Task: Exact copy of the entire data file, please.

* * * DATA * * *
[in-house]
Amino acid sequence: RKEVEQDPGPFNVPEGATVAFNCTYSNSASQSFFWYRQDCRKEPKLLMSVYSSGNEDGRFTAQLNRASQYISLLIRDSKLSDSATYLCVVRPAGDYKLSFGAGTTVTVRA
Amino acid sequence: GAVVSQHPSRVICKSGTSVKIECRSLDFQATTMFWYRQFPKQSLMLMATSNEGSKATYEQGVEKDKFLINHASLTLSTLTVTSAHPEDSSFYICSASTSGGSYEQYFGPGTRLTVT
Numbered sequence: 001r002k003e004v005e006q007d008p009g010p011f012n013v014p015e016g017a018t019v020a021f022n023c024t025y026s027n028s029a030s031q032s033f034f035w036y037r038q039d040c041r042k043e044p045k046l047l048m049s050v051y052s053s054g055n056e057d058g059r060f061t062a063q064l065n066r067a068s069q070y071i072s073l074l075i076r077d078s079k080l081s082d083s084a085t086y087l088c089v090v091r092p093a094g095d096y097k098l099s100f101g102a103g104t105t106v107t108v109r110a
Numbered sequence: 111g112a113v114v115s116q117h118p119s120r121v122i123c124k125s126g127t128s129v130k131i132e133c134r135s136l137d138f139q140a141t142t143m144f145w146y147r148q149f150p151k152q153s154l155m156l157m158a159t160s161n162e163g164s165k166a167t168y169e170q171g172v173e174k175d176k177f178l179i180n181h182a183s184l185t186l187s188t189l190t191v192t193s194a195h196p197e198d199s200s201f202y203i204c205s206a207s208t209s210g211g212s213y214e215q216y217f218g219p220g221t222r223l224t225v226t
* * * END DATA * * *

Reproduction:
[in-house]
Amino acid sequence: RKEVEQDPGPFNVPEGATVAFNCTYSNSASQSFFWYRQDCRKEPKLLMSVYSSGNEDGRFTAQLNRASQYISLLIRDSKLSDSATYLCVVRPAGDYKLSFGAGTTVTVRA
Amino acid sequence: GAVVSQHPSRVICKSGTSVKIECRSLDFQATTMFWYRQFPKQSLMLMATSNEGSKATYEQGVEKDKFLINHASLTLSTLTVTSAHPEDSSFYICSASTSGGSYEQYFGPGTRLTVT
Numbered sequence: 001r002k003e004v005e006q007d008p009g010p011f012n013v014p015e016g017a018t019v020a021f022n023c024t025y026s027n028s029a030s031q032s033f034f035w036y037r038q039d040c041r042k043e044p045k046l047l048m049s050v051y052s053s054g055n056e057d058g059r060f061t062a063q064l065n066r067a068s069q070y071i072s073l074l075i076r077d078s079k080l081s082d083s084a085t086y087l088c089v090v091r092p093a094g095d096y097k098l099s100f101g102a103g104t105t106v107t108v109r110a
Numbered sequence: 111g112a113v114v115s116q117h118p119s120r121v122i123c124k125s126g127t128s129v130k131i132e133c134r135s136l137d138f139q140a141t142t143m144f145w146y147r148q149f150p151k152q153s154l155m156l157m158a159t160s161n162e163g164s165k166a167t168y169e170q171g172v173e174k175d176k177f178l179i180n181h182a183s184l185t186l187s188t189l190t191v192t193s194a195h196p197e198d199s200s201f202y203i204c205s206a207s208t209s210g211g212s213y214e215q216y217f218g219p220g221t222r223l224t225v226t